I want to change how you think about the stock
. Let me explain...
In the course of a month, we receive an enormous amount of
emails from subscribers. And we read every single one of them.
There is simply no better way to know how investors are feeling
than by reading the emails you send in.
As you'd expect, when the market tanks and people get nervous, I
get a lot more email than when the market is rising. When the
market goes up, people don't worry about their stocks. They go to
dinner. They go on vacation. They enjoy their lives.
But when the market falls, they believe they are about to lose
all their money. People worry. They lose sleep. They just want to
sell so that they don't have to worry anymore. It's been that way
forever. For most people, it will always be that way.
But I want to change the way you think about the market. Sadly,
based on experience, I can say confidently that most of you will
not follow my advice. But I'm convinced that those who do will be
better -- and wealthier -- investors because of it.
So why am I telling you this right now?
It's all because of a single email a reader sent me about my
Top 10 Stocks
advisory just days ago.
For privacy, I won't publish this subscriber's name. But here's
what he wrote me in the middle of a market sell-off where the
Top 10 Stocks
portfolio continues to beat the S&P:
"The report should give an overview of performance, and
suggested stop loss levels on the recommended securities.
"Frankly, the performance of late does not inspire."
Now, I don't personally know this subscriber. I don't know which
securities he owns in his portfolio, and I don't know his investing
track record. But I'd be willing to bet that more often than not,
this investor loses money in the market.
How do I know that? Because he is focused too heavily on short-term
The instant a stock falls, investors want to know whether they
should sell. It doesn't matter if the underlying company is
performing well or not -- the fear of losing money is simply too
much for most small investors to stomach.
I'm convinced this is why most investors lose money in the
Investors driven by fear and short-term market moves are the
ones who sell when the market falls... and buy when the market is
rising. This is a perfect recipe to lose money and ensure that
they'll never see the greatest profits.
Don't believe me? Consider this example...
. During the past decade, Apple has been one of the market's best
investments. Since 2003, the stock has returned more than 7,500%.
It has made many investors millionaires. But this doesn'tmean the
always went up.
Take the 2008/09
. Apple's stock dropped more than 50% -- falling even more than the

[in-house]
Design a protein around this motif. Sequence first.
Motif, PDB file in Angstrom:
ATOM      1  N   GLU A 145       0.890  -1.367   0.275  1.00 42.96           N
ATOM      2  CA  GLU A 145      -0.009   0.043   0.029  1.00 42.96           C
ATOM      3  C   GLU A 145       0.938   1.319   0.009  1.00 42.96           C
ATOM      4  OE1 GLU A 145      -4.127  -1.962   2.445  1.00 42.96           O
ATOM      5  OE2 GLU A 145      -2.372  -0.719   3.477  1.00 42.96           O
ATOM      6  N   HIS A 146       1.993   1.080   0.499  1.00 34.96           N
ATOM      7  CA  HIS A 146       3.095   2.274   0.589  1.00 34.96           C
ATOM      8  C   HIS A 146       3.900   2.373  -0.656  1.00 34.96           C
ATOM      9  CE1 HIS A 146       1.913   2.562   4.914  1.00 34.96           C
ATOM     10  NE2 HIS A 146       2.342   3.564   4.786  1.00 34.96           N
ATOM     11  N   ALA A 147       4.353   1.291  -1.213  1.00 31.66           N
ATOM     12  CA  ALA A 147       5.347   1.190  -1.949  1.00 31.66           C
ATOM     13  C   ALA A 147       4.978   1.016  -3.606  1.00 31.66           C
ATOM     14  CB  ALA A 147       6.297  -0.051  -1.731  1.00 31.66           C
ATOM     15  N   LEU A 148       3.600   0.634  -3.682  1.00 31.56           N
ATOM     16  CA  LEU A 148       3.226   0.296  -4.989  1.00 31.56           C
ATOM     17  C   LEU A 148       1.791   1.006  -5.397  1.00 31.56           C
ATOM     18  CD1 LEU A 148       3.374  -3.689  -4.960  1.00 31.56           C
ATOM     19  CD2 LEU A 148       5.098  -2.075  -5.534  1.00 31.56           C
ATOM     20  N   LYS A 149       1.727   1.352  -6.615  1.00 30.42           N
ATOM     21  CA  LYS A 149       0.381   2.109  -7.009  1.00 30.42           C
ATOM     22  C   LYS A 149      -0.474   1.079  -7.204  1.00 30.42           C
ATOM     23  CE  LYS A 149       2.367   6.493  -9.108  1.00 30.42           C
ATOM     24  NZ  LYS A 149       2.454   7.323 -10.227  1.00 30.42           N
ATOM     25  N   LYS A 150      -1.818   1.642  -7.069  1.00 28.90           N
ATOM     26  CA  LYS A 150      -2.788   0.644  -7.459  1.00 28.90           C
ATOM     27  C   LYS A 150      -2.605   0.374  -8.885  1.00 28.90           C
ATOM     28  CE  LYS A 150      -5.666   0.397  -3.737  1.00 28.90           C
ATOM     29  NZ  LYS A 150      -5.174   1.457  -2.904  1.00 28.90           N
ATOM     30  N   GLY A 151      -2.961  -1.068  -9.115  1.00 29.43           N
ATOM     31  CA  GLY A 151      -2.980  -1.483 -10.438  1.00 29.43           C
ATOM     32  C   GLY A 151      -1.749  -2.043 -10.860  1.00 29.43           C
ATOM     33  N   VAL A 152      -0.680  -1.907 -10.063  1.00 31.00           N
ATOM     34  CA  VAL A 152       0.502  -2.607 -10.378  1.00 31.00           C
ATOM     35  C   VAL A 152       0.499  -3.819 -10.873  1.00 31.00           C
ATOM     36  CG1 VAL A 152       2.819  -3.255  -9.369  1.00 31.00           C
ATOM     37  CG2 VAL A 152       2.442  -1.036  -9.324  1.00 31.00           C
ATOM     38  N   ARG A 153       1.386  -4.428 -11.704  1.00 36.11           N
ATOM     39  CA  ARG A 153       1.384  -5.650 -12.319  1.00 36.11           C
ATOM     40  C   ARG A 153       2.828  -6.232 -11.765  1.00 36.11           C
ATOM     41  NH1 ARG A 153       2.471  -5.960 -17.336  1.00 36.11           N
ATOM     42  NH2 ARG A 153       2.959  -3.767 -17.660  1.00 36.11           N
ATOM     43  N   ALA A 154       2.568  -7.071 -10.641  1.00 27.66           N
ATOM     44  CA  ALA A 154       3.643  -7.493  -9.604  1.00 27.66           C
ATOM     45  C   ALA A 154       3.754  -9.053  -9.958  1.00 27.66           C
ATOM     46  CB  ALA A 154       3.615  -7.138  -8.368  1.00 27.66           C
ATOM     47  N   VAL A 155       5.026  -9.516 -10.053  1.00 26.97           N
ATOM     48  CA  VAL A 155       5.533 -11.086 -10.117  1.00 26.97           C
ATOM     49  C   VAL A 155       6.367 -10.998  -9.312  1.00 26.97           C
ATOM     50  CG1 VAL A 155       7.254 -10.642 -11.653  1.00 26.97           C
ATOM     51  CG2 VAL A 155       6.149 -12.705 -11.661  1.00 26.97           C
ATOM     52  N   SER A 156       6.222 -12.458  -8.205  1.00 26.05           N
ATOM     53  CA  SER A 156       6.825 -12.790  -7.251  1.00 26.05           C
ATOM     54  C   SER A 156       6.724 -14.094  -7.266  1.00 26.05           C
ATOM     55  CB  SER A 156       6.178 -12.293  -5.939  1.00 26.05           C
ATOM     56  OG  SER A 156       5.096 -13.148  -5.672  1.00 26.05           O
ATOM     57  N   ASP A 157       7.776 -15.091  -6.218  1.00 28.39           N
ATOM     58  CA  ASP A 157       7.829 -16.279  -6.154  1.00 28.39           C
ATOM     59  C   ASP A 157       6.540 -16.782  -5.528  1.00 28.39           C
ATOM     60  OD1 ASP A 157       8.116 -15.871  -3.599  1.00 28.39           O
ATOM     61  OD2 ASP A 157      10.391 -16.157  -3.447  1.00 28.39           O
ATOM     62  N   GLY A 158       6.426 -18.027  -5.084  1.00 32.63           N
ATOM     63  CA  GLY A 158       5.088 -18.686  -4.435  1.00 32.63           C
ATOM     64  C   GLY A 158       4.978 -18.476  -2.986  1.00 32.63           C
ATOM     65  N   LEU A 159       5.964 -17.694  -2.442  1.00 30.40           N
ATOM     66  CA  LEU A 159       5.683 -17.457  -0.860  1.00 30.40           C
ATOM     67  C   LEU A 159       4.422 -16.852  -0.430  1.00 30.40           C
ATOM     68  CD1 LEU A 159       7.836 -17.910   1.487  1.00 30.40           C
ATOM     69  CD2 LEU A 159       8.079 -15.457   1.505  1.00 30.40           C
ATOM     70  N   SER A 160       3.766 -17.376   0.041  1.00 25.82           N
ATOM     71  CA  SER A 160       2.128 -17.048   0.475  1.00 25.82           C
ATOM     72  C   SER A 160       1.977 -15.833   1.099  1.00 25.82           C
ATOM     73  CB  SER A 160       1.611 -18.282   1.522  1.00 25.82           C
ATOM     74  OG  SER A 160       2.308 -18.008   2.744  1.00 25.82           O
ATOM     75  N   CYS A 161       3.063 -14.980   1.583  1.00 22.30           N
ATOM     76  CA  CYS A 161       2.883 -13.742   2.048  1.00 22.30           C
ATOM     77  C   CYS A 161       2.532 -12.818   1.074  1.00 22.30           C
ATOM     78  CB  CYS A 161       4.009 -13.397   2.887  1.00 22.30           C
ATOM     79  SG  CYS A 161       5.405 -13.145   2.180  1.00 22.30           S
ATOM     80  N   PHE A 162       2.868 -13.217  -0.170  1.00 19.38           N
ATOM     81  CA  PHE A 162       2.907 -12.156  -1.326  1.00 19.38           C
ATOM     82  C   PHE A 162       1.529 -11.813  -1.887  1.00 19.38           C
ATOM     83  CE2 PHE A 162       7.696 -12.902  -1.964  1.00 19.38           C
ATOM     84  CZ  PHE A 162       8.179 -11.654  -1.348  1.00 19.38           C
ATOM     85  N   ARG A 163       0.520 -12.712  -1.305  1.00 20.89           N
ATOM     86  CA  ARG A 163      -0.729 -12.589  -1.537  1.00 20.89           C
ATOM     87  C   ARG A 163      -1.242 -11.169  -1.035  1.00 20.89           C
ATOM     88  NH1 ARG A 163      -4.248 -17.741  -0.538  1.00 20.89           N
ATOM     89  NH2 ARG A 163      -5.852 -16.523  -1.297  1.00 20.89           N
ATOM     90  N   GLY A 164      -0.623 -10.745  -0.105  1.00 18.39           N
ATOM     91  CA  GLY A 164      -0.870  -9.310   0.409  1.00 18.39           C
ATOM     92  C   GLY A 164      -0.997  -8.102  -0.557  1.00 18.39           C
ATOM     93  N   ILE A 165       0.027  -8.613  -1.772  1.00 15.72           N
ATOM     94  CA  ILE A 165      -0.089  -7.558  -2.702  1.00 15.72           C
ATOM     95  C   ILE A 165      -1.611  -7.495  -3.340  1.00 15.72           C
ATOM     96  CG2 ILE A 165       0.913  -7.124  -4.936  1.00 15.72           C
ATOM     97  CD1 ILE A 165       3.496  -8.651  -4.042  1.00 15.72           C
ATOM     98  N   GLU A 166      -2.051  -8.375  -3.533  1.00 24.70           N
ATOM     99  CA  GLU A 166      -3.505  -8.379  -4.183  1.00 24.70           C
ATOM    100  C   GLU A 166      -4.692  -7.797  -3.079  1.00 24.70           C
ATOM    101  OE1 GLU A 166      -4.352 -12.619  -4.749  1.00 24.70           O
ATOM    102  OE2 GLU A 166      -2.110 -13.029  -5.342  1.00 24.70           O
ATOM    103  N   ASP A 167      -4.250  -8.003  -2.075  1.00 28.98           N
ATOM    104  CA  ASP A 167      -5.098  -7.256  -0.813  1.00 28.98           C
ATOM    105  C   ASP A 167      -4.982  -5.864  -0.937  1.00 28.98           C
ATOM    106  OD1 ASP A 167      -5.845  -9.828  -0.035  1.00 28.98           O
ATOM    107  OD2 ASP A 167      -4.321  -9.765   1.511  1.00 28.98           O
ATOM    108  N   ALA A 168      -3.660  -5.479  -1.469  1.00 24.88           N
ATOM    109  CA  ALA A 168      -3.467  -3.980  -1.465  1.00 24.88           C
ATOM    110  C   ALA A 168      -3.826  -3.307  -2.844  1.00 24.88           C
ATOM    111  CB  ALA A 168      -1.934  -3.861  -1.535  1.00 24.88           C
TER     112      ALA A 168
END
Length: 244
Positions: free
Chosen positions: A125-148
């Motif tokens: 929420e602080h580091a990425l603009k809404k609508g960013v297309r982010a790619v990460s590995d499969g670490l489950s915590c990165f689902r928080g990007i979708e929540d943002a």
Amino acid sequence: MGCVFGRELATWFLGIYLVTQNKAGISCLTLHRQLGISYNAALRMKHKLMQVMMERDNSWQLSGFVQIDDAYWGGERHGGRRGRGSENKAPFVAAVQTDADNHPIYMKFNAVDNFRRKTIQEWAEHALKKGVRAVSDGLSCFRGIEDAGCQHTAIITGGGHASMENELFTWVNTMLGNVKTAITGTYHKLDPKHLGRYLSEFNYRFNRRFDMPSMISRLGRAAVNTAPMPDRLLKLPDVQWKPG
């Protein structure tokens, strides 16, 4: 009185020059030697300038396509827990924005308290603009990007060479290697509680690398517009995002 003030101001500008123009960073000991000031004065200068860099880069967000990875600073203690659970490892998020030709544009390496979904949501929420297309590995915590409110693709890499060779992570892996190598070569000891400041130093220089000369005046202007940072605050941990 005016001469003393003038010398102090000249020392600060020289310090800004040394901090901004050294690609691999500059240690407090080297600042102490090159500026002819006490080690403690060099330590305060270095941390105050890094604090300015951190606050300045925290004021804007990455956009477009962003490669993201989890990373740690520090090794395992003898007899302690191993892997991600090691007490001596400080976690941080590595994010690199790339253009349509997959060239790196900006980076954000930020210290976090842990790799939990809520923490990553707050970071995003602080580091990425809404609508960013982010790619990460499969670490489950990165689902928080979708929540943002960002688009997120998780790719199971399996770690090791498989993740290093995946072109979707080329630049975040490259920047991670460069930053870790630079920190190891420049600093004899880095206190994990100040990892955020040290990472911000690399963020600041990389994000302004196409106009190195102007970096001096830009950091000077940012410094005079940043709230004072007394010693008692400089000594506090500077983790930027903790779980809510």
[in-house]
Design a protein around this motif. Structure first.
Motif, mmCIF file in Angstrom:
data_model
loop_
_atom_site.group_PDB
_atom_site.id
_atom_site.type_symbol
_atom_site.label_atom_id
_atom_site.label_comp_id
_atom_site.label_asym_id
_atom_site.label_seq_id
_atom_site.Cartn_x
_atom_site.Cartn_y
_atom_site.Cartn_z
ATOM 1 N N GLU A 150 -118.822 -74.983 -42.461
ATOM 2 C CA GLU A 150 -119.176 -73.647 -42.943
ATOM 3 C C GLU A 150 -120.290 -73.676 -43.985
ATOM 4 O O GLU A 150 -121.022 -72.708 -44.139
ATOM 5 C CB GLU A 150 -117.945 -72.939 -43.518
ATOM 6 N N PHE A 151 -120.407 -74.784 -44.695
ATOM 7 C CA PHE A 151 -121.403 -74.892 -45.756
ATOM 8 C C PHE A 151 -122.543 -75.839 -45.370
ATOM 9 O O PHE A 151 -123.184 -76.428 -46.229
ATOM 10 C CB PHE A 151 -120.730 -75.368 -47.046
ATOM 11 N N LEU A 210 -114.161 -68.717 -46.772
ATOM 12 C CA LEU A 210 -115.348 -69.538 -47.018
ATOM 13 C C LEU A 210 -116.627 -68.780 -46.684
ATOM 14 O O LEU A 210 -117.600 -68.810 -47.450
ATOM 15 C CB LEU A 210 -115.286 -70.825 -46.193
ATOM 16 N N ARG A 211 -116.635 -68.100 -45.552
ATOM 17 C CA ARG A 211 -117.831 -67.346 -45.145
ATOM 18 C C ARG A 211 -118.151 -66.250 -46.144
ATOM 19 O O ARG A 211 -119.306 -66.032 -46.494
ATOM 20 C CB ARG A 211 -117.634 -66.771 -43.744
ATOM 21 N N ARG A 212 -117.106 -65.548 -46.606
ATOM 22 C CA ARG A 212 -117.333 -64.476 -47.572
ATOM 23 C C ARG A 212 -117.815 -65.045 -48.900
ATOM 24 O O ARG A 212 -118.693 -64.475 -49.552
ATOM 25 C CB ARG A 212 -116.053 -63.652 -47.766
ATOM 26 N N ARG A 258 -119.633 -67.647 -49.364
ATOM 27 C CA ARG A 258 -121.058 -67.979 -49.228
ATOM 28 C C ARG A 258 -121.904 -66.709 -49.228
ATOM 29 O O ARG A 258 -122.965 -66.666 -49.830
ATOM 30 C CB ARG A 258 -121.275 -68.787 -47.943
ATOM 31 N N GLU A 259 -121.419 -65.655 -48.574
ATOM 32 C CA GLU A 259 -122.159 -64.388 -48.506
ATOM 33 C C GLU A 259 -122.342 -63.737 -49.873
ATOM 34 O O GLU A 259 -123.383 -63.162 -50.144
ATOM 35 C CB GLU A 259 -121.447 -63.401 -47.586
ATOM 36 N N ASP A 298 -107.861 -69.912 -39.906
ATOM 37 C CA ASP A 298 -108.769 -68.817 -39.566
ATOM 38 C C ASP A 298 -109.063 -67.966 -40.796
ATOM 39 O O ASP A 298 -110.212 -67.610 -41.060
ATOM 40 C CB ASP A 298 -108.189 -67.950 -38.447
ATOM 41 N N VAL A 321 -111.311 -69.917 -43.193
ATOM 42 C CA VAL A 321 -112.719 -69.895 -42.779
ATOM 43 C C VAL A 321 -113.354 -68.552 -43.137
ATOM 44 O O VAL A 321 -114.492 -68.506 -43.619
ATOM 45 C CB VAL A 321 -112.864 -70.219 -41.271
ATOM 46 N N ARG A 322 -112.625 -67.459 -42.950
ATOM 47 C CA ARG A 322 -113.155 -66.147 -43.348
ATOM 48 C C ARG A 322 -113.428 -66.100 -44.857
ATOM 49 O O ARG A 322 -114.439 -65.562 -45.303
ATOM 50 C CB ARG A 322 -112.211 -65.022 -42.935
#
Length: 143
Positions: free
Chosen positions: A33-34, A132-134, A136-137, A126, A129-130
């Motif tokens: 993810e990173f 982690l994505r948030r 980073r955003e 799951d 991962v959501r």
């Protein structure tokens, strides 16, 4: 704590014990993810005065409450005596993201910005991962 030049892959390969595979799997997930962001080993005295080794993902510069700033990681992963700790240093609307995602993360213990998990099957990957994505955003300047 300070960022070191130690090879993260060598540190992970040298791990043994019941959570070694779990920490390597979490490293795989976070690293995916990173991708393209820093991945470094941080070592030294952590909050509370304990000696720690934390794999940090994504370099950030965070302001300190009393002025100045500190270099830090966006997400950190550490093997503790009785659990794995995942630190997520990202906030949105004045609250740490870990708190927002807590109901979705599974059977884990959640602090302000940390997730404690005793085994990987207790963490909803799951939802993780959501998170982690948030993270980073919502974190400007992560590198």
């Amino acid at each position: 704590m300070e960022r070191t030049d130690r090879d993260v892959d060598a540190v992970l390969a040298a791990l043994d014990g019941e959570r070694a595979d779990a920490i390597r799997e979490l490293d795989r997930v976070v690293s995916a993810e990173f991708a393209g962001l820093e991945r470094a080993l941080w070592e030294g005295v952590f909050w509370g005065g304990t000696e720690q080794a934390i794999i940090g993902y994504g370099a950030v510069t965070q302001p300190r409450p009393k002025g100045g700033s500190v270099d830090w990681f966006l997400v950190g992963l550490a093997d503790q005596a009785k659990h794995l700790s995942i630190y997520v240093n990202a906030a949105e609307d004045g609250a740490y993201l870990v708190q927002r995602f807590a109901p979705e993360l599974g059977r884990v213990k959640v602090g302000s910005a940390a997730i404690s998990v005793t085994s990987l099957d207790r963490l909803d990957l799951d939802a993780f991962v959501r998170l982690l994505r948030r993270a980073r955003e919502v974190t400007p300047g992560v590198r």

Countless investors dumped the stock... most after it had
already dropped sharply. Then they refused to have anything to do
with it on the way back up. So not only did they suffer a loss on
the shares when they sold, but they also missed out on Apple's
sensational multi-year rise:
I'm telling you this now, because volatile markets are simply
something investors will have to deal with for the foreseeable
future. There will be times of calm, and I believe over the long
term the market will move higher. But thanks to serious debt
problems in the developed world and tepid growth worldwide, the
market will continue to swing, sometimes wildly.
Although I'd love to see a steadily rising market, these
sell-offs are opportunities to pick up shares of great stocks at
bargain prices you wouldn't see otherwise.
That's how I want
to view the market.
But if you looked back at the past century, then you'd see there
hasn't been a single sell-off that didn't later turn out to be a
terrific opportunity to buy stocks, assuming you bought solid
companies at attractive prices and had the resolve to hold them for
the long term.
This includes The Great
... the sell-off in 1937... the sell-off between 1973-74... the
1987 crash... the "Dot-com" crash... and the most recent sell-off
Action to Take -- >
All of these times turned out to be wonderful opportunities to buy.
I understand why many investors get nervous. But the most
successful investors use these periods to generate enormous
If you're looking for stocks that are good buys regardless of
what the market is doing, then don't miss the latest presentation
on my "
Top 10 Stocks for 2012
." One stock has raised its
110% in five years... another has $8.25 per share in cash (45% of
its share price)... and another yields 8.0% while it has nearly
year-over-year. These are the types of investments that make up my
Top 10 Stocks for 2012
-- Paul Tracy
Paul Tracy does not personally hold positions in any securities
mentioned in this article. StreetAuthority LLC does not hold
positions in any securities mentioned in this article.
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